The Royal Academy of Engineering has announced that civil engineering pioneer John Bartlett was presented with the Sir Frank Whittle Medal this week in recognition of his outstanding contributions to tunnel design and construction.
180918 rae 120 john bartlett receives the sir frank whittle medal from dame ann dowling
Source: Rob Lacey
The Sir Frank Whittle Medal is awarded to an engineer whose sustained achievements have had a profound impact upon their engineering discipline.
Bartlett designed the UK side of the Channel Tunnel and his work over the last six decades has transformed tunnelling technology with the invention of the bentonite tunnelling machine for work in loose and sandy soils.
Bartlett spent most of his career with consulting engineers Mott Hay and Anderson and worked there from 1957 until his retirement as chairman and senior partner in 1988. He worked on the first Dartford Tunnel, the first tunnelled sections of the Toronto Subway and was the project engineer responsible for London’s Victoria Line. He also had design responsibility for the Channel Tunnel, first as principal designer for the scheme and following the project’s revision in the early 1970s, as principal design consultant for all civil and geotechnical engineering on the UK section.
He was elected a fellow of the Fellowship (now the Royal Academy) of Engineering in 1978 and was a founder member and Chair of the British Tunnelling Society. In 1982 he was elected president of the Institution of Civil Engineers (ICE).
On receiving the award, Bartlett said: “Civil Engineering today is a team game. I hope members of my team will enjoy sharing the recognition given by this award. Many thanks to those who put me forward.”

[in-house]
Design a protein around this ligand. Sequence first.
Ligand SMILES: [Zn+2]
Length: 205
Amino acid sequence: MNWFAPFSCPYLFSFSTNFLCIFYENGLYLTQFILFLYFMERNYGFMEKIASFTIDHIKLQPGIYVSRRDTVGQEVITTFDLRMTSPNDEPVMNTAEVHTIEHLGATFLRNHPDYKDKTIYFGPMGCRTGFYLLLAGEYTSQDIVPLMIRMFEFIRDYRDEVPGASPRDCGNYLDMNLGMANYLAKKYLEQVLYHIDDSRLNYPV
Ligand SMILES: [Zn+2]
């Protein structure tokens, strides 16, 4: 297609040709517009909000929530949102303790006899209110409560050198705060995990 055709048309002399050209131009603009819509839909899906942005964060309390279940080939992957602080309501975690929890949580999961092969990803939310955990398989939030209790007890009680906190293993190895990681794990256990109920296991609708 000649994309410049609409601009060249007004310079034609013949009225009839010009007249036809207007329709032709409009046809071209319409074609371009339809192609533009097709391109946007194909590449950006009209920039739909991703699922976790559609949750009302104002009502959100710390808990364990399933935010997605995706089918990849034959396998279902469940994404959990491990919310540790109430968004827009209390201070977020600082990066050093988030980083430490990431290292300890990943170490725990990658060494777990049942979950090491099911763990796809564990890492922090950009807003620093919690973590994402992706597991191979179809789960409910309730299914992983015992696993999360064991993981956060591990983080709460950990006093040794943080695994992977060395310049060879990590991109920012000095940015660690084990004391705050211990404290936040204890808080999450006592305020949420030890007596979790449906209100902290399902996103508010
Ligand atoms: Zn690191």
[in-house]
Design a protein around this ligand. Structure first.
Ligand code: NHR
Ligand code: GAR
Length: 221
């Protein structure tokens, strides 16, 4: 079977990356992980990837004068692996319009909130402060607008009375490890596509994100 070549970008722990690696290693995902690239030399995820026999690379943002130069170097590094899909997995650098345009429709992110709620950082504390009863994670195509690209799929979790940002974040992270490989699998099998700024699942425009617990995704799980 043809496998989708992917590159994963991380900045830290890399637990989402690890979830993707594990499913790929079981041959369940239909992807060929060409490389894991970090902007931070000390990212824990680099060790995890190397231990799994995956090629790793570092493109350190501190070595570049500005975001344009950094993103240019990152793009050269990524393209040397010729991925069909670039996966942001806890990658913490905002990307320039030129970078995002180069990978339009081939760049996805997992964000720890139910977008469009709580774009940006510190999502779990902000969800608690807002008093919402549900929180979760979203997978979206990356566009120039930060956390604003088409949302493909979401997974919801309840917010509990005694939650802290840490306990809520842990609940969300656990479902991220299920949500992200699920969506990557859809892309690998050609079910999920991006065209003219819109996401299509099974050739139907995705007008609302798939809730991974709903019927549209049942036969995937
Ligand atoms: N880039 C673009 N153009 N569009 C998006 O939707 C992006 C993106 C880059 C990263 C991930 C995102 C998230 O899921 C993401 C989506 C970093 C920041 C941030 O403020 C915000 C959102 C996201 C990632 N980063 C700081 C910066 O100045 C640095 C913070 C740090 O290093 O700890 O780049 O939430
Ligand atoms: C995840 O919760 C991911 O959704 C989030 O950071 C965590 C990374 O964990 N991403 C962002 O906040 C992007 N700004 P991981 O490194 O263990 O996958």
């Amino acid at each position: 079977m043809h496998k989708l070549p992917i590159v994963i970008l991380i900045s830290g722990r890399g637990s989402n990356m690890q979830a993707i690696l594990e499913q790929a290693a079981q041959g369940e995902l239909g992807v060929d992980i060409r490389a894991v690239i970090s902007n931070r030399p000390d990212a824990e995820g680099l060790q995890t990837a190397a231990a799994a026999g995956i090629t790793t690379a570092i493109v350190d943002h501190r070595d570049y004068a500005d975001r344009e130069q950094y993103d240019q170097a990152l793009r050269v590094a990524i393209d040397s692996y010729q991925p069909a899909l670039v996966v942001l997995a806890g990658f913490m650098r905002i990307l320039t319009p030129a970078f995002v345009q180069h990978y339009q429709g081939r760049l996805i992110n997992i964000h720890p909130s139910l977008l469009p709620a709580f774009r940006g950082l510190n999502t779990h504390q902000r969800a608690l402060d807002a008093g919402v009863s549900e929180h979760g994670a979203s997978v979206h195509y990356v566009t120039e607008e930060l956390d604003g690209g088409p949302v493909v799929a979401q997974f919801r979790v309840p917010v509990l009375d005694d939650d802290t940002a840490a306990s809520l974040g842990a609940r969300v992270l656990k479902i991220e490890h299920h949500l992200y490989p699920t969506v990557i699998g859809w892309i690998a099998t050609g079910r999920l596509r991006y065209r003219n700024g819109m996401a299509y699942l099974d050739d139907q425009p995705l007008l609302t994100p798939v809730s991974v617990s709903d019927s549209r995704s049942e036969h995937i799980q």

ICE president Lord Robert Mair said: “There can be no doubt that a major revolution in the worldwide tunnelling industry was triggered by John Bartlett’s invention of the bentonite tunnelling machine. It has enabled a rapid increase in tunnel construction around the world, particularly in urban areas, for water supply, sanitation and transport – with remarkable benefit to humanity.”
Bartlett’s bentonite benefits
Boring tunnels in non-cohesive soils – sands, silts, gravels and mixed ground – is difficult and often dangerous task, with the tunnel face needing continuous support and a risk of ground water flooding the works. Tunnelling in such loose soils was possible before the invention of the bentonite tunnelling machine, but the traditional processes used, such as workers digging by hand under compressed air, were extremely hazardous and expensive.
Bartlett’s solution was inspired by a visit to Milan, where he observed how the city’s first metro line had been built using a cut and cover method rather than boring tunnels. The engineers had used bentonite clay to support the trenches while they were being excavated. Bentonite clay is frequently used in construction because- in slurry form it is thixotropic – a thick gel when at rest but a liquid when agitated. Bartlett began developing a new type of tunnelling machine that combined slurry trenches with mechanical digging technology.
The result was the bentonite tunnelling machine, which he patented in 1964. The machine uses pressurised bentonite slurry in a sealed bulkhead behind the cutting face to balance the water pressure in the ground and stabilise the tunnel while supporting rings are installed. The excavated soil is then separated from the slurry, which is recirculated to the cutting face.
Bartlett’s bentonite tunnelling machine became the prototype for a whole new class of slurry tunnelling machines and by the end of the 1970s more than 1,000 had been used worldwide. The machine’s descendants have been used in many major civil engineering projects. They include Ada and Phyllis, the giant boring machines used by Crossrail to construct tunnels between Royal Oak and Farringdon, and Busy Lizzie, which was used to cut the Lee Tunnel, the first section of London’s Thames Tideway super sewer.